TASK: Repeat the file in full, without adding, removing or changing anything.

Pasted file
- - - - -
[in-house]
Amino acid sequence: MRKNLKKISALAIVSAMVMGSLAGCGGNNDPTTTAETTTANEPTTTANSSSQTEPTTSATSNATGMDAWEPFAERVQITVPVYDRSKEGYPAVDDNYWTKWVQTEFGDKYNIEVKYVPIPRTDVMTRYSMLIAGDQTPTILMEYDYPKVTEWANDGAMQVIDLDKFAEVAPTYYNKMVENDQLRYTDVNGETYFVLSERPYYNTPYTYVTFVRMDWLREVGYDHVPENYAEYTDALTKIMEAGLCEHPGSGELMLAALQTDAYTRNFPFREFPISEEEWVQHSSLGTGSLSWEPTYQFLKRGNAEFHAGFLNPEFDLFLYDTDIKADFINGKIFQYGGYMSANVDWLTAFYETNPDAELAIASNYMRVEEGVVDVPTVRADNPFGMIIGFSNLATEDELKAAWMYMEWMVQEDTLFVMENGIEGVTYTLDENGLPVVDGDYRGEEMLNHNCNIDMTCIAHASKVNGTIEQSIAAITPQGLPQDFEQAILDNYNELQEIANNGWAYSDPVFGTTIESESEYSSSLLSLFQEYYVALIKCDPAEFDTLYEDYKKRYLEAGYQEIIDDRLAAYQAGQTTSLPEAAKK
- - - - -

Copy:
[in-house]
Amino acid sequence: MRKNLKKISALAIVSAMVMGSLAGCGGNNDPTTTAETTTANEPTTTANSSSQTEPTTSATSNATGMDAWEPFAERVQITVPVYDRSKEGYPAVDDNYWTKWVQTEFGDKYNIEVKYVPIPRTDVMTRYSMLIAGDQTPTILMEYDYPKVTEWANDGAMQVIDLDKFAEVAPTYYNKMVENDQLRYTDVNGETYFVLSERPYYNTPYTYVTFVRMDWLREVGYDHVPENYAEYTDALTKIMEAGLCEHPGSGELMLAALQTDAYTRNFPFREFPISEEEWVQHSSLGTGSLSWEPTYQFLKRGNAEFHAGFLNPEFDLFLYDTDIKADFINGKIFQYGGYMSANVDWLTAFYETNPDAELAIASNYMRVEEGVVDVPTVRADNPFGMIIGFSNLATEDELKAAWMYMEWMVQEDTLFVMENGIEGVTYTLDENGLPVVDGDYRGEEMLNHNCNIDMTCIAHASKVNGTIEQSIAAITPQGLPQDFEQAILDNYNELQEIANNGWAYSDPVFGTTIESESEYSSSLLSLFQEYYVALIKCDPAEFDTLYEDYKKRYLEAGYQEIIDDRLAAYQAGQTTSLPEAAKK